Ok, cool. So what about people? What will it mean to be in security in like 2050? I think the answer is:
More Electrician-types (tradespeople connecting things according to documented specs)
More Data Analysts (statistics and ML background, combined with data visualization)
Security Executives become factory fore-people, i.e., overseeing an operational function, combined with broadcasters of narrative
There are still variation in electrician implementations, too.
So we’ll have millions of people employed to install and configure the various types of tools needed in a business. I think these tools might blur between the tools themselves vs. the security tooling. For example, if people come to install Salesforce they’ll be installing it and configuring it to plug into your internal data lake and brain. So, just like electricians, there will be well-known inputs, and well-known outputs, and it’ll just be a matter of figuring out where to put what.
In other words, when Allstate and the State of Massachusets come to connect to your company’s IT Brain, called Conito, provided by Databricks (now owned by Amazon like everything else), everyone will be using the same nozzles and connectors.
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Careers will be more cleanly broken into functions like:
Installing things according to regulation and standard
Knowing the current configuration of a given system at all times
Analyzing the data from all systems to get that into dashboards
Evaluating dashboards to determine which changes to configuration should be made
Making configuration changes and evaluating their impact
Continuous monitoring of those dashboards to flag anomalies
Using AI/ML to make smarter and smarter recommendations based on the data available
Taking the output of data analysis and dashboards and turning that into narratives for partners, management, investors, insurers, regulators, etc.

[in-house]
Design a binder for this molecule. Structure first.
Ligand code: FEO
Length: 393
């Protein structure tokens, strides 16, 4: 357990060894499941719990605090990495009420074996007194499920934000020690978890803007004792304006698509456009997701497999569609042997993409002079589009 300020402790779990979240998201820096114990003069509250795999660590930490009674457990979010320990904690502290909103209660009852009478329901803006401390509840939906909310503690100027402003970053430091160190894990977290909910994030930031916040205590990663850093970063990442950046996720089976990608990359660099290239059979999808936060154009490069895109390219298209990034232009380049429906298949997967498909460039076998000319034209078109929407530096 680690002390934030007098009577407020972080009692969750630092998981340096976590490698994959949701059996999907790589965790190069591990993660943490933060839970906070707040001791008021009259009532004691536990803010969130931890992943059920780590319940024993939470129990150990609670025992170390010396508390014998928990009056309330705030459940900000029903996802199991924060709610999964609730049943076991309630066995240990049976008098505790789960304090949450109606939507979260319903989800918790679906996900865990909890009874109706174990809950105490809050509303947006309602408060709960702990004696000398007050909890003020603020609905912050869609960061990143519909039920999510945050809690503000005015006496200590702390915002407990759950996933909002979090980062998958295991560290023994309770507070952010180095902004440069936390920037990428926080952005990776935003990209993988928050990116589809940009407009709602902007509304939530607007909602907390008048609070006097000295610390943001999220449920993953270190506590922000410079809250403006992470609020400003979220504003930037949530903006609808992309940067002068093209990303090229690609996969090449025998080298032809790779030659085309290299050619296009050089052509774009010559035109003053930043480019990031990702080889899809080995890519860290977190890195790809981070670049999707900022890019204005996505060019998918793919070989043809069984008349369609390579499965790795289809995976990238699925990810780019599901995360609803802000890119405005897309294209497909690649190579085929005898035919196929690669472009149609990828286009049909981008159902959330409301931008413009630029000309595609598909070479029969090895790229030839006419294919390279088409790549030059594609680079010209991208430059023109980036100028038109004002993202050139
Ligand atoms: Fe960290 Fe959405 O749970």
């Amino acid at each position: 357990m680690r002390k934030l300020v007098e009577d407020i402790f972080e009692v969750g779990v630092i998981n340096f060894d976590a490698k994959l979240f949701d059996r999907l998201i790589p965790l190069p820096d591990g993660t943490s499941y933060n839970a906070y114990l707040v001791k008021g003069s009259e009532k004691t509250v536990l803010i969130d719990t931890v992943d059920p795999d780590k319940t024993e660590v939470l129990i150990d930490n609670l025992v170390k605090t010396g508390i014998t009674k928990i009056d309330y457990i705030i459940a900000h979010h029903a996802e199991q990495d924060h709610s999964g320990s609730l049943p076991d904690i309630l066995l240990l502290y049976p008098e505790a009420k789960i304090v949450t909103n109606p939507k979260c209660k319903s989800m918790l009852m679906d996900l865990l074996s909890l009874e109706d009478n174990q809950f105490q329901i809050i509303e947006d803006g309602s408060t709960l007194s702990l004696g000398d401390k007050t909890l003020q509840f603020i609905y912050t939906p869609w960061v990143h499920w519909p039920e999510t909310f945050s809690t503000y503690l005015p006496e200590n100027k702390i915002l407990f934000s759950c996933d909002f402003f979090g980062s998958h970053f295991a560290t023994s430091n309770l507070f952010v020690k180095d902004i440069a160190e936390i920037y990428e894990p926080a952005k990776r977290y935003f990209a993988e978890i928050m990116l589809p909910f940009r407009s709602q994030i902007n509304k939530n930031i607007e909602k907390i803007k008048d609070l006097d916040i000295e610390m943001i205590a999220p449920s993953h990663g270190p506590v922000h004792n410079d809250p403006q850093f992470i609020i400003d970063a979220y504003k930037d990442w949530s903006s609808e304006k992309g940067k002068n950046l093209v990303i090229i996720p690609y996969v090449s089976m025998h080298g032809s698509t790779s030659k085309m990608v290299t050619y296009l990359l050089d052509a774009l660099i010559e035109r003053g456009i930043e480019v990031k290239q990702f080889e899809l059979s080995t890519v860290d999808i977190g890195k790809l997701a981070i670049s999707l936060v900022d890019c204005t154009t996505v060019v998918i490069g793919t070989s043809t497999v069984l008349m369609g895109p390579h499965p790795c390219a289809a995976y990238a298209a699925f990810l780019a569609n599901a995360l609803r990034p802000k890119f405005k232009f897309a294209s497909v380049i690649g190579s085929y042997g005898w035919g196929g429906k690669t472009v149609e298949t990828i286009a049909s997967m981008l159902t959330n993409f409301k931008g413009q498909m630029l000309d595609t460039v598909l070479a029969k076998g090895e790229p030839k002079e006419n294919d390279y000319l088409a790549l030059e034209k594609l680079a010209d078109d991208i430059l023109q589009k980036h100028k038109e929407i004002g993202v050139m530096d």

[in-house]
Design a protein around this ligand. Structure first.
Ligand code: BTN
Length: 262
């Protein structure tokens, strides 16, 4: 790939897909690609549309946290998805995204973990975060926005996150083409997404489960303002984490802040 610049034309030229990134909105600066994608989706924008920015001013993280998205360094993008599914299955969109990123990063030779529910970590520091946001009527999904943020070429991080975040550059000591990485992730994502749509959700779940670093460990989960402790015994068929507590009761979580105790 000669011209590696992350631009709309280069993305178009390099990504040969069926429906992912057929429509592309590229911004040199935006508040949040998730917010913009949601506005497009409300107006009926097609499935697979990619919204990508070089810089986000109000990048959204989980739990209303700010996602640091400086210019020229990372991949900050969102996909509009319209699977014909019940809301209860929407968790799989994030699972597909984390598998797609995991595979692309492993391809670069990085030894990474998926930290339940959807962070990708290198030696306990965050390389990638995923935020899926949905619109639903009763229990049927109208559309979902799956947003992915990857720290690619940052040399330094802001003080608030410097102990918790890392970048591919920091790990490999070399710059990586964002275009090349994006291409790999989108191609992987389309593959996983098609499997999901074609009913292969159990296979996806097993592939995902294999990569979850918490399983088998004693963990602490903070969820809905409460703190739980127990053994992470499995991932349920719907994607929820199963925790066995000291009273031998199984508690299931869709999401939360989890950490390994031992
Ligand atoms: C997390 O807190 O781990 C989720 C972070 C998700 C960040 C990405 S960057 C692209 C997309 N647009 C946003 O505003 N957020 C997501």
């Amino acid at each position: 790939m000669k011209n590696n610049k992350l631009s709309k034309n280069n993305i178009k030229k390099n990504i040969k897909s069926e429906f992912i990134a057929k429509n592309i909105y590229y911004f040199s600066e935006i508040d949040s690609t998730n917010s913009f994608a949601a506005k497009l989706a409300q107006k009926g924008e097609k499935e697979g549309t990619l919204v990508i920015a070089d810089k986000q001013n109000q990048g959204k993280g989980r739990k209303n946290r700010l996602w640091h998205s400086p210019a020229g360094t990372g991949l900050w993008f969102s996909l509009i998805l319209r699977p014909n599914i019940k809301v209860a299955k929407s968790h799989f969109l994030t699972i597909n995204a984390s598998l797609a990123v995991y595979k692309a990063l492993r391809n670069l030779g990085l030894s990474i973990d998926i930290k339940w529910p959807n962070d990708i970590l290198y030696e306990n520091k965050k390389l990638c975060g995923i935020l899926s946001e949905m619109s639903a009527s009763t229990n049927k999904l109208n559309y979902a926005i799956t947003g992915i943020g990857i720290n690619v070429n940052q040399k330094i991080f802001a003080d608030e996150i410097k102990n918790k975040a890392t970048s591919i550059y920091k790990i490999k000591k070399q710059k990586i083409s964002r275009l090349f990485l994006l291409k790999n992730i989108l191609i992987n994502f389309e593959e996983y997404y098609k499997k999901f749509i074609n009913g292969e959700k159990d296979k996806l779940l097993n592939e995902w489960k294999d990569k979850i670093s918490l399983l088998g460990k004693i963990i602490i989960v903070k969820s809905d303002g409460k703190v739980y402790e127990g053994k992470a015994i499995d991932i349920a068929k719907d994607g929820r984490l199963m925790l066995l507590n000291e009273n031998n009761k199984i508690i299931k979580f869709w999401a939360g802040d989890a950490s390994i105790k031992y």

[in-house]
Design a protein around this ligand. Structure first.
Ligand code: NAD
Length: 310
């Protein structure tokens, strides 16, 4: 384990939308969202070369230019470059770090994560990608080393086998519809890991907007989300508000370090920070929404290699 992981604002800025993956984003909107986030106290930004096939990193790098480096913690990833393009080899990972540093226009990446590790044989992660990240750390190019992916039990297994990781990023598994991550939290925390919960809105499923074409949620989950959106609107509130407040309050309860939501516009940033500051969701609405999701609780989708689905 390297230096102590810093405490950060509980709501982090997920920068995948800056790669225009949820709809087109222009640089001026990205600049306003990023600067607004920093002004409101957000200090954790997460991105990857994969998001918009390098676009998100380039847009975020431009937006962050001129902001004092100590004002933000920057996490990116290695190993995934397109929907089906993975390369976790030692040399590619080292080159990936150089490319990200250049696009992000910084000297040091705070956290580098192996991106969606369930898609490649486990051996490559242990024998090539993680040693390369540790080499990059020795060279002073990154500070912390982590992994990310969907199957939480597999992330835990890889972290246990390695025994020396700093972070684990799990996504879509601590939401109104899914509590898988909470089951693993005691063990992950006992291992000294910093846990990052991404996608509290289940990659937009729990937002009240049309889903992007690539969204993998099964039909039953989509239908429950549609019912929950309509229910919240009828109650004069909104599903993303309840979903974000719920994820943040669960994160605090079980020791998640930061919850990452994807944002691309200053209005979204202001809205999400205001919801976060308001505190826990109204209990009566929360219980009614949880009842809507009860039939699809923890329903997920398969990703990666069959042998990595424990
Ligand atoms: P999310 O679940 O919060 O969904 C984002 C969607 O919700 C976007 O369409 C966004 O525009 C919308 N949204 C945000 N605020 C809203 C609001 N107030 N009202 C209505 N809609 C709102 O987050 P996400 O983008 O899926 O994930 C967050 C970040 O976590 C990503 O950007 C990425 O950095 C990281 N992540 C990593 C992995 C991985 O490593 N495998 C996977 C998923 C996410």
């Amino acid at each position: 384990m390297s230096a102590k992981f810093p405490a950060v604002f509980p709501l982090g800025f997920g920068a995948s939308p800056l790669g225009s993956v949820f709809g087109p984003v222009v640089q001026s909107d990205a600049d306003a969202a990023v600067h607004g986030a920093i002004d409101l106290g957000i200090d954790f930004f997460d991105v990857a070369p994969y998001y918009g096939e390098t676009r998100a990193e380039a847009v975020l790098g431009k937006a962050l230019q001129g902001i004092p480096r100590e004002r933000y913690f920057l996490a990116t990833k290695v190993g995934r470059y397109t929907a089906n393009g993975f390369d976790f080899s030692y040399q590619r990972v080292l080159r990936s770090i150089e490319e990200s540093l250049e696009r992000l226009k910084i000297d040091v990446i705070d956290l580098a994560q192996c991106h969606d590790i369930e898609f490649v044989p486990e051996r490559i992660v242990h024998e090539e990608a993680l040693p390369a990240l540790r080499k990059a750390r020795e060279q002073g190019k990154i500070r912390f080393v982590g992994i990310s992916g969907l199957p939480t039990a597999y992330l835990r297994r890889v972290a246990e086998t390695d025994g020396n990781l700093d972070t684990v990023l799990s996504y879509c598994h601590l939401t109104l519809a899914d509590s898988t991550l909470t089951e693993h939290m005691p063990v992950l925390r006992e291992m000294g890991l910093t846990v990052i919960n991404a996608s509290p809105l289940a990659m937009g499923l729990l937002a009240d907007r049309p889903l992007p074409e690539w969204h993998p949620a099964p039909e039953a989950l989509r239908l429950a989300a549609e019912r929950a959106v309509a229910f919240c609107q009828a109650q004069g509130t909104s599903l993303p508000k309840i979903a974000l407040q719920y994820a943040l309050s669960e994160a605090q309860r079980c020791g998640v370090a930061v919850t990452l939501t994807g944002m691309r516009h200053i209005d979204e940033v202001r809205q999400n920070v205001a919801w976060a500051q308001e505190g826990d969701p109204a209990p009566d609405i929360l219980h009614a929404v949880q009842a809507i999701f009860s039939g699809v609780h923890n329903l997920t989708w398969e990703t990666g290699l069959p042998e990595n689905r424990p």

If this sounds boring, yes, it will be. That’s the point. That’s what happens when you move from wizards to book-keepers. Wizards deal with the unknown. The arcane. It’s where few people know what’s happening, and everyone looks up to them. This is bad for business because it’s not repeatable.
Accounting is repeatable. Arithmetic is repeatable. And so will be identity, access control, logging—once we hit our late 20’s and early 30’s as an industry.
What does this mean for “jobs in security?”
It means you’re installing products for an internal company. You’re installing products for Allstate, which means for Allstate’s customers.
Or you’re using data analytics and data science to look for patterns in the data in FooCorp’s Cognito install.
Or you’re a configuration validator who makes sure every product is installed to standard, with all inputs and outputs working correctly.
Or you’re an engineer working on improving the products themselves.
Or you’re an executive telling the data security story to your stakeholders.
Will there be OFFSEC people? Red team? Blue team? Absolutely. All of this still has cruft in it. Even though it’ll be 95% better than today, that 5% will still be able to cause havoc and the loss of a lot of money.
So there will still be some arcane magic users, but they will become fewer and fewer as time goes on. And they’ll increasingly need to be strong developers skilled with analysis and manipulation.